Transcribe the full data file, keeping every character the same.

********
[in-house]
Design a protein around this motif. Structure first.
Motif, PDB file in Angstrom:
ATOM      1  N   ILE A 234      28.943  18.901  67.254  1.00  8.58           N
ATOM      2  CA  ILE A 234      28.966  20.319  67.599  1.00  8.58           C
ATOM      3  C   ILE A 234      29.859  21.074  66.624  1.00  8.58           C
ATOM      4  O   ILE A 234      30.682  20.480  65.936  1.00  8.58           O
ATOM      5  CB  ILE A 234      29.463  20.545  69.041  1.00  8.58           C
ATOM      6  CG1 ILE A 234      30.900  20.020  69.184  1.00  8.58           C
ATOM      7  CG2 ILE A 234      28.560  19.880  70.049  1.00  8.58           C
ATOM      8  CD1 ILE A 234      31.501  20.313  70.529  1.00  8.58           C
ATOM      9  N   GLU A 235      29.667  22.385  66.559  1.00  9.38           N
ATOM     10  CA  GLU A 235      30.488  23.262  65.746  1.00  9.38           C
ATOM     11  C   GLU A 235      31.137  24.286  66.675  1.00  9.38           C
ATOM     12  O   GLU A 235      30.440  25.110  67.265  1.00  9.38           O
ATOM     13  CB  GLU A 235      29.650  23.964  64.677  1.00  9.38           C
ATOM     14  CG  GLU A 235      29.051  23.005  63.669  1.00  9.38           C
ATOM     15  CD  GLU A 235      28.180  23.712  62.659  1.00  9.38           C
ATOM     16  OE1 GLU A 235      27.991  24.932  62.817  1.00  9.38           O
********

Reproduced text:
[in-house]
Design a protein around this motif. Structure first.
Motif, PDB file in Angstrom:
ATOM      1  N   ILE A 234      28.943  18.901  67.254  1.00  8.58           N
ATOM      2  CA  ILE A 234      28.966  20.319  67.599  1.00  8.58           C
ATOM      3  C   ILE A 234      29.859  21.074  66.624  1.00  8.58           C
ATOM      4  O   ILE A 234      30.682  20.480  65.936  1.00  8.58           O
ATOM      5  CB  ILE A 234      29.463  20.545  69.041  1.00  8.58           C
ATOM      6  CG1 ILE A 234      30.900  20.020  69.184  1.00  8.58           C
ATOM      7  CG2 ILE A 234      28.560  19.880  70.049  1.00  8.58           C
ATOM      8  CD1 ILE A 234      31.501  20.313  70.529  1.00  8.58           C
ATOM      9  N   GLU A 235      29.667  22.385  66.559  1.00  9.38           N
ATOM     10  CA  GLU A 235      30.488  23.262  65.746  1.00  9.38           C
ATOM     11  C   GLU A 235      31.137  24.286  66.675  1.00  9.38           C
ATOM     12  O   GLU A 235      30.440  25.110  67.265  1.00  9.38           O
ATOM     13  CB  GLU A 235      29.650  23.964  64.677  1.00  9.38           C
ATOM     14  CG  GLU A 235      29.051  23.005  63.669  1.00  9.38           C
ATOM     15  CD  GLU A 235      28.180  23.712  62.659  1.00  9.38           C
ATOM     16  OE1 GLU A 235      27.991  24.932  62.817  1.00  9.38           O